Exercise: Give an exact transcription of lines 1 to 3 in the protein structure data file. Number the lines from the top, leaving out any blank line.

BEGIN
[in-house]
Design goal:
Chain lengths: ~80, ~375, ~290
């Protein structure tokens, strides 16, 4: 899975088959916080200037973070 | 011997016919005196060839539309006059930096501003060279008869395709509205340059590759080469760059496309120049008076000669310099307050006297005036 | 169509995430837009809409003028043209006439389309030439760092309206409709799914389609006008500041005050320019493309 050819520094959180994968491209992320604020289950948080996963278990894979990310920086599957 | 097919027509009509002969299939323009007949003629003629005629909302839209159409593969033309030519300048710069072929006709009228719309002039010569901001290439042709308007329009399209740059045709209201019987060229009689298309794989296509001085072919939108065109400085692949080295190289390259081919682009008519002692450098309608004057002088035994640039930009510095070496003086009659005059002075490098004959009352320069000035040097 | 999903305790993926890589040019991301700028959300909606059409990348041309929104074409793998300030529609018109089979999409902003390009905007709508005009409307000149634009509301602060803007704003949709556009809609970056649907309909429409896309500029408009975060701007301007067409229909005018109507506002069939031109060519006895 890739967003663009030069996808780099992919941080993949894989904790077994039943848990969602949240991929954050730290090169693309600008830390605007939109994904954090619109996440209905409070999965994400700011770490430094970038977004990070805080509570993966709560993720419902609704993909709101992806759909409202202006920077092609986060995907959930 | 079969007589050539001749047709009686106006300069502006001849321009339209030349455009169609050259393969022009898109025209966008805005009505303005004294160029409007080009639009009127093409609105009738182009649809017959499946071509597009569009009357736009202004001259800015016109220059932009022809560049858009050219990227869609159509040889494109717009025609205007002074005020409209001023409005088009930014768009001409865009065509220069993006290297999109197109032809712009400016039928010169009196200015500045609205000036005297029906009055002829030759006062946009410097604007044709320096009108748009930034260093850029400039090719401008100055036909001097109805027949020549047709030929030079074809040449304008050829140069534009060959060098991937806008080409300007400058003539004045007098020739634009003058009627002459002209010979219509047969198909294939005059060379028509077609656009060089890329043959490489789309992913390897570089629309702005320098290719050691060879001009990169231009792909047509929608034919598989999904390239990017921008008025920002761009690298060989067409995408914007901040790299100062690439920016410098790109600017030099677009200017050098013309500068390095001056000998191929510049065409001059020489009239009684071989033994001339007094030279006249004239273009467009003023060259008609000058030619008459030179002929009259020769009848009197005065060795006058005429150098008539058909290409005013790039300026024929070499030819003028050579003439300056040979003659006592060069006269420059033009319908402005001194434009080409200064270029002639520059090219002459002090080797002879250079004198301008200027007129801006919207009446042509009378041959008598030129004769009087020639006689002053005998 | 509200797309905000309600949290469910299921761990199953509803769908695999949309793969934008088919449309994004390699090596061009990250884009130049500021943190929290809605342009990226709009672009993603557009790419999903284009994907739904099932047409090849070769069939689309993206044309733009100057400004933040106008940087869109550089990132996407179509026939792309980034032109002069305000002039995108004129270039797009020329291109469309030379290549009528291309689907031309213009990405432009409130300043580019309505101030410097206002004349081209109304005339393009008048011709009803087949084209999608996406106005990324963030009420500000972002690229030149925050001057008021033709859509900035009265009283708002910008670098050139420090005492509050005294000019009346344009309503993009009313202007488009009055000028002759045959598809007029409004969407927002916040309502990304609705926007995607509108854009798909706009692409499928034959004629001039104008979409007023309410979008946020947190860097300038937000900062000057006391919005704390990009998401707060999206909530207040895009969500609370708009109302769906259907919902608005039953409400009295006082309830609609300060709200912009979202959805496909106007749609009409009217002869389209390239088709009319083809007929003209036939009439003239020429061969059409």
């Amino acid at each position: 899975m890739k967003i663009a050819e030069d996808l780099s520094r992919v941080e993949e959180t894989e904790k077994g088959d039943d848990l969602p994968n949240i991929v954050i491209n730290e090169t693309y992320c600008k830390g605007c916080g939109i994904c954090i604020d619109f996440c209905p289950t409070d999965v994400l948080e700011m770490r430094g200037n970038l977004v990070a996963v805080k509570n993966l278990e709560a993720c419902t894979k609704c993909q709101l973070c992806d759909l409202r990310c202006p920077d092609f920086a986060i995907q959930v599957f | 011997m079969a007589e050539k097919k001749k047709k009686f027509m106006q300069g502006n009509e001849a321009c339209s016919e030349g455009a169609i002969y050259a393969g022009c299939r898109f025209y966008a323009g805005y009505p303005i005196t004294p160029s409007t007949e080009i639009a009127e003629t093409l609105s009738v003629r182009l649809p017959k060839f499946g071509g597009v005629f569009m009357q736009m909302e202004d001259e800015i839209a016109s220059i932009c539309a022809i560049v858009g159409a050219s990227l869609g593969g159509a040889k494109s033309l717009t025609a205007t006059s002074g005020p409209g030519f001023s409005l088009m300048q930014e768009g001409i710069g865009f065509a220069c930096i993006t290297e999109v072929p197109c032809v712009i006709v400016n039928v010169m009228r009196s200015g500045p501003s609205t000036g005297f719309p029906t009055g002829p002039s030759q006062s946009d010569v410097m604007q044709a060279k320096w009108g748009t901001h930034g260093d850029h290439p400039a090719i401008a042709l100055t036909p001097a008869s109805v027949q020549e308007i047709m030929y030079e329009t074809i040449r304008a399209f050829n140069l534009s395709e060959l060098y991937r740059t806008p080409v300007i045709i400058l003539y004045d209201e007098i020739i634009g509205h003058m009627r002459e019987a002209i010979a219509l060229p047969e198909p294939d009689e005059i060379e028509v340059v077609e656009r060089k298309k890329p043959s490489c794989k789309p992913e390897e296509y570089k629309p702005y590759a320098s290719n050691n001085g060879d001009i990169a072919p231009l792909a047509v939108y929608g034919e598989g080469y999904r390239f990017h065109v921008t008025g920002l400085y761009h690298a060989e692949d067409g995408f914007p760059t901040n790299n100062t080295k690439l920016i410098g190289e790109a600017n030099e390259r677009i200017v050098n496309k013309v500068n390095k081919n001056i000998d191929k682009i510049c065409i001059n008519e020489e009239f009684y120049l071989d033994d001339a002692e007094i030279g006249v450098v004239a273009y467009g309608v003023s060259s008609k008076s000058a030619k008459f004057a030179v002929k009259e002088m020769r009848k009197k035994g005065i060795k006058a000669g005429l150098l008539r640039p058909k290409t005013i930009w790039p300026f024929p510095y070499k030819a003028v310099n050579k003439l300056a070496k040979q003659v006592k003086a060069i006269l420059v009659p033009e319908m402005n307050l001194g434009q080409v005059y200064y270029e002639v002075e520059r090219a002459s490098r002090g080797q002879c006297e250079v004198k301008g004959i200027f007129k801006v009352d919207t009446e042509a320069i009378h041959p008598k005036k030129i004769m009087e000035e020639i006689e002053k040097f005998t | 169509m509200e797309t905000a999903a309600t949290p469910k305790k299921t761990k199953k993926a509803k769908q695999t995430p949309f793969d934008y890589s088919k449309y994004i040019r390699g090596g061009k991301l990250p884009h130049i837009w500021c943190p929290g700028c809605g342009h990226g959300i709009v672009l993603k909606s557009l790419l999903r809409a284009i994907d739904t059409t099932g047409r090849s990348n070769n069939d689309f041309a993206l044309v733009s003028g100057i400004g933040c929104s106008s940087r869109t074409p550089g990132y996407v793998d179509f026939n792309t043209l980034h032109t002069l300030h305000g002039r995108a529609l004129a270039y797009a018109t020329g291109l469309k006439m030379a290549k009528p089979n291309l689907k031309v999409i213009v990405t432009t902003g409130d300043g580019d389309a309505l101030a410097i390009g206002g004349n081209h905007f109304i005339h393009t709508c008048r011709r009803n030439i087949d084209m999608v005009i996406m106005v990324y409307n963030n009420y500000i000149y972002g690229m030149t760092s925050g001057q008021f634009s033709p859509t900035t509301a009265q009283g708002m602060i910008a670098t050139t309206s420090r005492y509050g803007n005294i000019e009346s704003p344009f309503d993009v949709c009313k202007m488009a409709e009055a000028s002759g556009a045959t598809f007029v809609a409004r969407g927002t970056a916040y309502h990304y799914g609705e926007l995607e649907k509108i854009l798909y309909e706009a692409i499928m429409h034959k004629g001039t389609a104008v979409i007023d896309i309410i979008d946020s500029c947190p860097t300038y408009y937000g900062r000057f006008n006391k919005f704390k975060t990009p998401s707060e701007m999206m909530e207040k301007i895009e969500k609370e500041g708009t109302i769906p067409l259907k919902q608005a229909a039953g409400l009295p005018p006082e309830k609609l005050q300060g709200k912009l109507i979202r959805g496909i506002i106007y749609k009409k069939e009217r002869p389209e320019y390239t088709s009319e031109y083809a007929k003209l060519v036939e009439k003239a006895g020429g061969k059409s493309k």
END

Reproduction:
[in-house]
Design goal:
Chain lengths: ~80, ~375, ~290